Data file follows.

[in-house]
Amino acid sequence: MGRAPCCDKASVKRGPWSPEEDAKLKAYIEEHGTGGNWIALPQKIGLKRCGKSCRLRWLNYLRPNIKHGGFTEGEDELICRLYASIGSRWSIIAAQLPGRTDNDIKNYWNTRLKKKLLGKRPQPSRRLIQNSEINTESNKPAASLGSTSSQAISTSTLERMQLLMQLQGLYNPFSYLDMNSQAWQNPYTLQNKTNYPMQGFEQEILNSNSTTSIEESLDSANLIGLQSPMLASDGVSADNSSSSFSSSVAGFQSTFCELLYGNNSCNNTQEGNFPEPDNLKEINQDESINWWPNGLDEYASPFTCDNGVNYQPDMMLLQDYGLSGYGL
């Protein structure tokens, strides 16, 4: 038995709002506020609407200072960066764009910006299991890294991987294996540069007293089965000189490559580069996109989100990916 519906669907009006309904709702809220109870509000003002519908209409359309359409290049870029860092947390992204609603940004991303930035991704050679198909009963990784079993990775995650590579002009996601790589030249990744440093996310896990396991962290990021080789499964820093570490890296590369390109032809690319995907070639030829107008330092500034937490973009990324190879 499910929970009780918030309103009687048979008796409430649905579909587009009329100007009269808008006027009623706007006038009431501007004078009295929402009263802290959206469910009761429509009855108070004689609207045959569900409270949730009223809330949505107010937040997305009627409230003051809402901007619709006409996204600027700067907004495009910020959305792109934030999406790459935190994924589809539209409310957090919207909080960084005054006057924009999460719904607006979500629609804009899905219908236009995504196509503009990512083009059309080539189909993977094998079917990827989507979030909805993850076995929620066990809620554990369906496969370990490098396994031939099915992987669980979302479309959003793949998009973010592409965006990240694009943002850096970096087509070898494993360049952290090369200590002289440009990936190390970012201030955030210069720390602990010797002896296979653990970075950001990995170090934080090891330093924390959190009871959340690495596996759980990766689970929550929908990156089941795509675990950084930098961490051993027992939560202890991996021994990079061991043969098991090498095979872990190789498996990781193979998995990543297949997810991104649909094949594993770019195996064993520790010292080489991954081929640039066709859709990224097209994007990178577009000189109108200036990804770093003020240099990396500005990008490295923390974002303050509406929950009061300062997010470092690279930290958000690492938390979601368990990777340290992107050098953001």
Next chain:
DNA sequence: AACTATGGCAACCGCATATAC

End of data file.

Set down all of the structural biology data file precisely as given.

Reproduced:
[in-house]
Amino acid sequence: MGRAPCCDKASVKRGPWSPEEDAKLKAYIEEHGTGGNWIALPQKIGLKRCGKSCRLRWLNYLRPNIKHGGFTEGEDELICRLYASIGSRWSIIAAQLPGRTDNDIKNYWNTRLKKKLLGKRPQPSRRLIQNSEINTESNKPAASLGSTSSQAISTSTLERMQLLMQLQGLYNPFSYLDMNSQAWQNPYTLQNKTNYPMQGFEQEILNSNSTTSIEESLDSANLIGLQSPMLASDGVSADNSSSSFSSSVAGFQSTFCELLYGNNSCNNTQEGNFPEPDNLKEINQDESINWWPNGLDEYASPFTCDNGVNYQPDMMLLQDYGLSGYGL
């Protein structure tokens, strides 16, 4: 038995709002506020609407200072960066764009910006299991890294991987294996540069007293089965000189490559580069996109989100990916 519906669907009006309904709702809220109870509000003002519908209409359309359409290049870029860092947390992204609603940004991303930035991704050679198909009963990784079993990775995650590579002009996601790589030249990744440093996310896990396991962290990021080789499964820093570490890296590369390109032809690319995907070639030829107008330092500034937490973009990324190879 499910929970009780918030309103009687048979008796409430649905579909587009009329100007009269808008006027009623706007006038009431501007004078009295929402009263802290959206469910009761429509009855108070004689609207045959569900409270949730009223809330949505107010937040997305009627409230003051809402901007619709006409996204600027700067907004495009910020959305792109934030999406790459935190994924589809539209409310957090919207909080960084005054006057924009999460719904607006979500629609804009899905219908236009995504196509503009990512083009059309080539189909993977094998079917990827989507979030909805993850076995929620066990809620554990369906496969370990490098396994031939099915992987669980979302479309959003793949998009973010592409965006990240694009943002850096970096087509070898494993360049952290090369200590002289440009990936190390970012201030955030210069720390602990010797002896296979653990970075950001990995170090934080090891330093924390959190009871959340690495596996759980990766689970929550929908990156089941795509675990950084930098961490051993027992939560202890991996021994990079061991043969098991090498095979872990190789498996990781193979998995990543297949997810991104649909094949594993770019195996064993520790010292080489991954081929640039066709859709990224097209994007990178577009000189109108200036990804770093003020240099990396500005990008490295923390974002303050509406929950009061300062997010470092690279930290958000690492938390979601368990990777340290992107050098953001």
Next chain:
DNA sequence: AACTATGGCAACCGCATATAC